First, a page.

This episode is gonna be all about the charism of Service. This is one of the ones that I think people most clearly inherently understand. Service a charism about empowering an individual to see the needs in a community or an organization or a situation and do what is necessary to bridge the gap and support whatever is going on. So kind of the thing with Service is that you do this wherever you are. You notice the gaps, whether it’s your gap to fill necessarily or not. So this isn’t typically people with the Service charism are not necessarily extraordinarily extroverted people. They could be, but a lot of times there’s a certain level of introvert. At least I’ve seen that trend among people with a service charism where their preferred mode of operation is going to be to see something, recognize what needs to happen, step in, and just kind of take care of it, and not make a big deal. Not have a lot of conversations about it, not a big committee action, just do what needs to be done. Typically, there is someone on, like, the maintenance or maintaining staff at a parish who is just like the epitome of this, who, it’s just they, you know, they teach themselves to do all different kinds of functions because they see that it needs to happen and they’re ready to just do it. They’re ready to step in and fill the gaps. They don’t wanna have, like, a huge decision making process about should we do it and how should we do it. They see that they can fill the need, and so they do. And so, obviously, this is this is one of the more common charisms. I’m gonna say a lot of people have been given this because this is really a large part of the heavy lifting in the Church of really getting things done, moving things forward. And having people with a Service charism is really valuable. That charism is really important because a lot of times people who fall into that kind of category, maybe more introverted, very service-oriented, have a tendency as a group, not every single individual, but have a tendency as a group to undervalue themselves. This is a trend I’ve seen over and over in again, where people who have this are one of the most likely groups of individuals to really undervalue the charism to whether it’s they feel like they’re not doing enough, and so they can’t really claim the title yet, or they think, you know, well, anyone could do that. It’s not really big of a deal. Both of these pitfalls are ways that the devil tries and really get in there to kind of corrupt what’s going on, not by getting them to not serve, because they are so oriented towards it. It typically can’t, but but keeping that narrative centered around, like, really earning your identity or your purpose or or being good enough by doing enough, which is kind of an ever-moving target that you never are going to achieve. That is distracted and keep their focus off of just doing the thing that the Holy Spirit has placed in front of them to be done. So when you have someone really recognize this as a charism and accept it as a charism that you have, then there’s this freedom to just do the thing in front of you and not really worry about it, not worry about doing you know, the right thing at the right time, just trusting that the Holy Spirit’s gonna put the right thing in front of you. Not worrying about not doing enough because you know, if you do the thing that’s in front of you, that’s really what you’re being called to do and also working in general from a place of clarity about your identity and the fact that you do are called to a lifestyle of the fruits of the Holy Spirit. Living in peace, living in joy, being able to access the rest that God has for all of us in that Sabbath rest that is enshrined in the 10 Commandments, even the importance of that. And when we live from that place, no matter what your charisms are, that’s going to create really fertile ground for your charisms to be effective. But that’s something that I see as a very specific stumbling block for people in general with that Service charism.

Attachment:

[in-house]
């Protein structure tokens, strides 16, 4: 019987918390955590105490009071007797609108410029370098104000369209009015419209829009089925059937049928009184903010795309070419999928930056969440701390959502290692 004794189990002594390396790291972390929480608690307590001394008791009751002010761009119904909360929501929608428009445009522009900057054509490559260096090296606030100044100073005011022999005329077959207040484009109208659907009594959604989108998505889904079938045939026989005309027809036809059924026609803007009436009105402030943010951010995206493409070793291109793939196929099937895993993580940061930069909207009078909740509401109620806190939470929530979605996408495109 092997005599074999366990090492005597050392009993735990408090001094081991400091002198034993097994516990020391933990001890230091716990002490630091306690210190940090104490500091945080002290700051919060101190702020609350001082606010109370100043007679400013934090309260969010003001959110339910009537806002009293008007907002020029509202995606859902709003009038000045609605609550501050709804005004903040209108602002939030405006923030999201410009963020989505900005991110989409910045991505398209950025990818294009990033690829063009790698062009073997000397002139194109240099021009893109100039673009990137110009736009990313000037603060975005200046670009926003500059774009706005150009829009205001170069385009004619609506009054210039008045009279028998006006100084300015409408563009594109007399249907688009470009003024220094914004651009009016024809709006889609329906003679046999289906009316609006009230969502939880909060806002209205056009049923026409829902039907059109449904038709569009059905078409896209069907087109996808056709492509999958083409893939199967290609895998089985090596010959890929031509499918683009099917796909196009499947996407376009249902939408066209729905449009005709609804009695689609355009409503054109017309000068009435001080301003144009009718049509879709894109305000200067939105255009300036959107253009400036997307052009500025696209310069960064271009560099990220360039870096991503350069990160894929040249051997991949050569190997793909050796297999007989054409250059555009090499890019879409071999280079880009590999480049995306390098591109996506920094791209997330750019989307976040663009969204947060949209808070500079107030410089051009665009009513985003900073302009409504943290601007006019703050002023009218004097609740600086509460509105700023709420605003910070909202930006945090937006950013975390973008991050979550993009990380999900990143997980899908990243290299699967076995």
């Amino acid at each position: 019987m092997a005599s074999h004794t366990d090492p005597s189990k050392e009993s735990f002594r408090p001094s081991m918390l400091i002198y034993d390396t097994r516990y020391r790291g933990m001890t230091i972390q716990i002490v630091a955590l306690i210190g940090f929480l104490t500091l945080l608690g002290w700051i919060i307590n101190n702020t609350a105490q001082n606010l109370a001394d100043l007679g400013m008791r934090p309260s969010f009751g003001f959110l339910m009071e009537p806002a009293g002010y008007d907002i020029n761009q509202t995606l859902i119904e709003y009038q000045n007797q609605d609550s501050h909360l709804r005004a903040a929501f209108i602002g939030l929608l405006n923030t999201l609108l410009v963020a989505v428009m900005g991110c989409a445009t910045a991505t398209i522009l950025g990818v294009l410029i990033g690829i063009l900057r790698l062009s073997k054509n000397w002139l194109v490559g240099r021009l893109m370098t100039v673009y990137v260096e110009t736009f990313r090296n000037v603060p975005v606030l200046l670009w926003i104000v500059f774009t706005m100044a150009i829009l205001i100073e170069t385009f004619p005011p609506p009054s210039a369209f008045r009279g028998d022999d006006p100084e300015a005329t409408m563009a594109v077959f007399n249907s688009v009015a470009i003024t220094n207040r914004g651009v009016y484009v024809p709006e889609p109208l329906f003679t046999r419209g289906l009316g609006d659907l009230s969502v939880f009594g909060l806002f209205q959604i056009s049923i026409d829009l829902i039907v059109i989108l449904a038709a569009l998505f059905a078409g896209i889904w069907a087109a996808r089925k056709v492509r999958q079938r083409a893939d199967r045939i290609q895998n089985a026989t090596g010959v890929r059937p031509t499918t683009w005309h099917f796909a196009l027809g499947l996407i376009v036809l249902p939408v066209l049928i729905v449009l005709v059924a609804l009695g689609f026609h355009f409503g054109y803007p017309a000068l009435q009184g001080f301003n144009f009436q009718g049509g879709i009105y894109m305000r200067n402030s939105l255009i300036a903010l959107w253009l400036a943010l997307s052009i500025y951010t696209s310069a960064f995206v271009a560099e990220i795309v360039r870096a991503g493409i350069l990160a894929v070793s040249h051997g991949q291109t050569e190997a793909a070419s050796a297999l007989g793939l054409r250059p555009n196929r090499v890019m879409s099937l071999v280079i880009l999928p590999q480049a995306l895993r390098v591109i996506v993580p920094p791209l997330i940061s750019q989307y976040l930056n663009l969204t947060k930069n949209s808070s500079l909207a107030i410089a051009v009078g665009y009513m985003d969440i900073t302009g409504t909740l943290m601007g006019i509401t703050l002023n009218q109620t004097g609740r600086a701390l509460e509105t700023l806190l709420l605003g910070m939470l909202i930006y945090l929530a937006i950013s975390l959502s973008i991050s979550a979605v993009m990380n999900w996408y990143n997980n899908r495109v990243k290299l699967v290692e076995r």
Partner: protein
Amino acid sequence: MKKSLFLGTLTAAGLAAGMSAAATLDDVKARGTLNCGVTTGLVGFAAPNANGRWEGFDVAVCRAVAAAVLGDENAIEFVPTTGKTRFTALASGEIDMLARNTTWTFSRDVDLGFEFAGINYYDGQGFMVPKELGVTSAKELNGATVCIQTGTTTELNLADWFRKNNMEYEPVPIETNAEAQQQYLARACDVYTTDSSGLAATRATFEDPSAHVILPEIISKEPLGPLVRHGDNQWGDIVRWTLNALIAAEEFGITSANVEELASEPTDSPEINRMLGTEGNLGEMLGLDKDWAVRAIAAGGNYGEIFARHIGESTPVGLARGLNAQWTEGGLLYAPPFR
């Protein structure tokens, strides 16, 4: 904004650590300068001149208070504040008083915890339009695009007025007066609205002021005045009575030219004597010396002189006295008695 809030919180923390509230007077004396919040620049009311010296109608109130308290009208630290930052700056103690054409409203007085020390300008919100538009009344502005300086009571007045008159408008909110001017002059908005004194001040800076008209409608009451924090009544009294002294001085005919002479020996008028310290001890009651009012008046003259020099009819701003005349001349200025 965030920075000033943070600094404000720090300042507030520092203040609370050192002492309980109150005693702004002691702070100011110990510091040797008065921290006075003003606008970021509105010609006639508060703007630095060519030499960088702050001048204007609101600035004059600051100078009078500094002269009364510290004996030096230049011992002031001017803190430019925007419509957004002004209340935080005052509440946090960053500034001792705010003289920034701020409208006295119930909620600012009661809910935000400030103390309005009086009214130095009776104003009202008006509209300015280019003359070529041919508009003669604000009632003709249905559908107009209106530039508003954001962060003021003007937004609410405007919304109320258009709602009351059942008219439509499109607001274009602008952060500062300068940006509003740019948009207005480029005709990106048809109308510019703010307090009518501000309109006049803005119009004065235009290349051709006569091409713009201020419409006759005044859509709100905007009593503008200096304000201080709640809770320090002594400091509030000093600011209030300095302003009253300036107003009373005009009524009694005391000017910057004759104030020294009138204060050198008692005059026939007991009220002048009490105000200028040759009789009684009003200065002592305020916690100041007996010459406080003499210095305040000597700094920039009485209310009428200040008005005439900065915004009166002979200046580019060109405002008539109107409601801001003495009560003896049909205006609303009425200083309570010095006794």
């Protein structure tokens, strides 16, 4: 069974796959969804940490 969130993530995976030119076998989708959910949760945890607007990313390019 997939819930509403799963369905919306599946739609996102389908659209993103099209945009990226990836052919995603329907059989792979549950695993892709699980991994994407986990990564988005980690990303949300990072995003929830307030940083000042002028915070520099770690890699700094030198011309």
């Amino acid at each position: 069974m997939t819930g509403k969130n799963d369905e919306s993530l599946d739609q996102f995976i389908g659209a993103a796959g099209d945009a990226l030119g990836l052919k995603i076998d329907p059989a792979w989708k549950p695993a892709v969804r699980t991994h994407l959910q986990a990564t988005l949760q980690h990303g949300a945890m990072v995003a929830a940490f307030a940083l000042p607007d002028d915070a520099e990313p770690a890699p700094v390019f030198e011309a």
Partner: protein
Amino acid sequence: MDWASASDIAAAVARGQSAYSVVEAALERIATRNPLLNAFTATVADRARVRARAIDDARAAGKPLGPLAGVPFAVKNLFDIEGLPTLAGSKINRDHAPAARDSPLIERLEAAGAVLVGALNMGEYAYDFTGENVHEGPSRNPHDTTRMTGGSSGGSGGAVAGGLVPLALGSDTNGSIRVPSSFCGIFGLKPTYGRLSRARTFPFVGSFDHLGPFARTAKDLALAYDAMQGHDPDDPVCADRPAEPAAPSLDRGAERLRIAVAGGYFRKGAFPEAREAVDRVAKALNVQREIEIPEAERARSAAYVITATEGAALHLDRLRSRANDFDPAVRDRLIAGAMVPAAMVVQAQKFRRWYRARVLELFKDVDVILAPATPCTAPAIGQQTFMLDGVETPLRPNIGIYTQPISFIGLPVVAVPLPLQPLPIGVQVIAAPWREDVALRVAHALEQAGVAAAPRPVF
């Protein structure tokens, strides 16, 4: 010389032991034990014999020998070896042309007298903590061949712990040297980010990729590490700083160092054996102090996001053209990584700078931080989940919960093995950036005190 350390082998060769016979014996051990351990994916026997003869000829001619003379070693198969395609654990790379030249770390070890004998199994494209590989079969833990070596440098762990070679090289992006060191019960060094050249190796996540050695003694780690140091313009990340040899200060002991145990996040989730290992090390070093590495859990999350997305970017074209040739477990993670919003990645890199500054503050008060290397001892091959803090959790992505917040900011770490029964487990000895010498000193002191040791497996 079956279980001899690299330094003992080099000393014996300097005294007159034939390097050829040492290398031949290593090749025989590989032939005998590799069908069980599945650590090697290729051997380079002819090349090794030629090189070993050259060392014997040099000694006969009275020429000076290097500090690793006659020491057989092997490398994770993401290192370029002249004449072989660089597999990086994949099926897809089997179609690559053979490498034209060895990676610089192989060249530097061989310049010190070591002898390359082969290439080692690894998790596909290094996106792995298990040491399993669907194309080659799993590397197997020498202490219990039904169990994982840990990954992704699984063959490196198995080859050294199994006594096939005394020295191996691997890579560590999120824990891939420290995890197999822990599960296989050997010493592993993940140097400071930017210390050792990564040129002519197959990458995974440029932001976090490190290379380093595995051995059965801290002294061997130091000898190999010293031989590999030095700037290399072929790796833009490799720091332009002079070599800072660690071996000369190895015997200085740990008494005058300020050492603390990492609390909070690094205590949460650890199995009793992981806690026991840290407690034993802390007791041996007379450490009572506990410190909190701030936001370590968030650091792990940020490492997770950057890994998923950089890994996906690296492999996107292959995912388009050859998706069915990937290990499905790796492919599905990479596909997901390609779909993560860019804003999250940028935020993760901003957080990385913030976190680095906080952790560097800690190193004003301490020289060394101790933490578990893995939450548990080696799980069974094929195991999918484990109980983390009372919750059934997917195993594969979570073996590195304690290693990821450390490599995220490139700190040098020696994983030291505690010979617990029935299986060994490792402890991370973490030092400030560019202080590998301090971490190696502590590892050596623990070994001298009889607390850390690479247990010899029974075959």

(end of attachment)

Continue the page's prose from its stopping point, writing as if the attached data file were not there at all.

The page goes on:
Jill Simons:

Thanks so much for joining us on today’s episode of Charisms for Catholics. If you would like to learn more about your Charisms or begin your own discernment journey, head to our website at manypartsministries.com, where you can download our free PDF to all 24 charisms and also begin your own journey by taking our charism assessment.